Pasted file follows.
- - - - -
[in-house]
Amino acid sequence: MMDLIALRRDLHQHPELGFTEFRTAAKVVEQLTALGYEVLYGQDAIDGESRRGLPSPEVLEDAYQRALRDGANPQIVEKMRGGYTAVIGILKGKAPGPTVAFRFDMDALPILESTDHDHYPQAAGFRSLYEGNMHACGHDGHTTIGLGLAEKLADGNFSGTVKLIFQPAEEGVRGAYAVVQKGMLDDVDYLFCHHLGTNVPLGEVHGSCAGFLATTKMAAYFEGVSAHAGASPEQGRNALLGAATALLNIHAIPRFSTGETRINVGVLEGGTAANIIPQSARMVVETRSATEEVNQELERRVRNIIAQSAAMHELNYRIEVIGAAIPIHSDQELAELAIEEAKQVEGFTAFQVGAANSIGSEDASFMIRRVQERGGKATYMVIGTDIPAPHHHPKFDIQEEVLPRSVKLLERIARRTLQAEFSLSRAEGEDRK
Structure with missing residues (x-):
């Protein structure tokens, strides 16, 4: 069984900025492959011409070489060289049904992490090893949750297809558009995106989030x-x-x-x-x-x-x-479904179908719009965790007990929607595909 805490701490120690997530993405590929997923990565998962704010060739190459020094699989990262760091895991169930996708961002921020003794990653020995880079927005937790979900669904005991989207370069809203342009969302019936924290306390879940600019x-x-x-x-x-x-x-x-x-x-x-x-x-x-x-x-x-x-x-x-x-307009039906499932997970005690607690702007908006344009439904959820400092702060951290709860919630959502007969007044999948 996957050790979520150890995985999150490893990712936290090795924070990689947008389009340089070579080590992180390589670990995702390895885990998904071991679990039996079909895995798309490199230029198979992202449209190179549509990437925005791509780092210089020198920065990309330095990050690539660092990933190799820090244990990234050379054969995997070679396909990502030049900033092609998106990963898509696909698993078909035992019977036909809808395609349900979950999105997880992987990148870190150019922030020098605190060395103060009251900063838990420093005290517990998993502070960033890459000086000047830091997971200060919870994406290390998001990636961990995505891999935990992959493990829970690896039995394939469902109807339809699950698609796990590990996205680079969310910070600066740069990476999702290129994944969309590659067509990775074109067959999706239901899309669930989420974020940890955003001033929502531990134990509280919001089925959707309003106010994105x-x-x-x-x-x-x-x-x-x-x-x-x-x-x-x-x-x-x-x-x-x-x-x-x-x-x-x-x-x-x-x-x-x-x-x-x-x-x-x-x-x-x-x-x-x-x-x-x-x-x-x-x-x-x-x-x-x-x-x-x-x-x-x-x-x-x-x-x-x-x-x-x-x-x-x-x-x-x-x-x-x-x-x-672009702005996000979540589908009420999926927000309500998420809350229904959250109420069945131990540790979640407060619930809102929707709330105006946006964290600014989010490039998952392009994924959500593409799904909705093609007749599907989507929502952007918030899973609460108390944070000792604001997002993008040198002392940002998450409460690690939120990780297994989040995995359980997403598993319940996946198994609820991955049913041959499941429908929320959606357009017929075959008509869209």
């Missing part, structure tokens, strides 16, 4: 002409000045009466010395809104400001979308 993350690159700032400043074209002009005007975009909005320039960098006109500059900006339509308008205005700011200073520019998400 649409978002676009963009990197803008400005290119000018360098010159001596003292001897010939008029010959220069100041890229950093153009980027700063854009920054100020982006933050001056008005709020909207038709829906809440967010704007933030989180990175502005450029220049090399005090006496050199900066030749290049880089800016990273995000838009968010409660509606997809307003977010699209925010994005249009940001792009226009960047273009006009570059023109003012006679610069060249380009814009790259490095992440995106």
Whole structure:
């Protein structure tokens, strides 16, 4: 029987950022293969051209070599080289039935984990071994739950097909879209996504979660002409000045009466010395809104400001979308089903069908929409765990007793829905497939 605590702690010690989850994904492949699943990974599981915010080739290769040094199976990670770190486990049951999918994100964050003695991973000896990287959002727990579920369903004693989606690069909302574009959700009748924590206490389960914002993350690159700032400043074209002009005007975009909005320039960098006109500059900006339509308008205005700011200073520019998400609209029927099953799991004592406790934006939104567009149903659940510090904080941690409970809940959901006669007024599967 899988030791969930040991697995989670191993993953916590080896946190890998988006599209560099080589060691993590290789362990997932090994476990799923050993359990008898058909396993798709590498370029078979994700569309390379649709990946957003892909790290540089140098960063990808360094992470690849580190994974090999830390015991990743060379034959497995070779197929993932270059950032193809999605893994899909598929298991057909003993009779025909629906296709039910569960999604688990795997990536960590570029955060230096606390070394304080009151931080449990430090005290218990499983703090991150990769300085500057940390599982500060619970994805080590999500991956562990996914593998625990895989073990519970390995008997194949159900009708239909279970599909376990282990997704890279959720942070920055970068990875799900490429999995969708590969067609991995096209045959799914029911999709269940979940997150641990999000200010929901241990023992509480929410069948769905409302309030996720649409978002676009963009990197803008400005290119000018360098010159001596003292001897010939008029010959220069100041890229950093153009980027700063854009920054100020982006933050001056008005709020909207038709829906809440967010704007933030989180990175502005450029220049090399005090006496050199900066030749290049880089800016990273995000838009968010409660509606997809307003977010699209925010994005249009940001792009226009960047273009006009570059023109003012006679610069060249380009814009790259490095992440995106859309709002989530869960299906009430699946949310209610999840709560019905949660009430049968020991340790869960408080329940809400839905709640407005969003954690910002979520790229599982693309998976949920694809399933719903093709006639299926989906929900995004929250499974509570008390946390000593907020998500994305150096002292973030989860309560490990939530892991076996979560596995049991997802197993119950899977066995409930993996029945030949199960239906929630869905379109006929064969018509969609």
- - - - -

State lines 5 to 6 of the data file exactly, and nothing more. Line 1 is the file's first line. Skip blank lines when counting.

């Missing part, structure tokens, strides 16, 4: 002409000045009466010395809104400001979308 993350690159700032400043074209002009005007975009909005320039960098006109500059900006339509308008205005700011200073520019998400 649409978002676009963009990197803008400005290119000018360098010159001596003292001897010939008029010959220069100041890229950093153009980027700063854009920054100020982006933050001056008005709020909207038709829906809440967010704007933030989180990175502005450029220049090399005090006496050199900066030749290049880089800016990273995000838009968010409660509606997809307003977010699209925010994005249009940001792009226009960047273009006009570059023109003012006679610069060249380009814009790259490095992440995106």
Whole structure: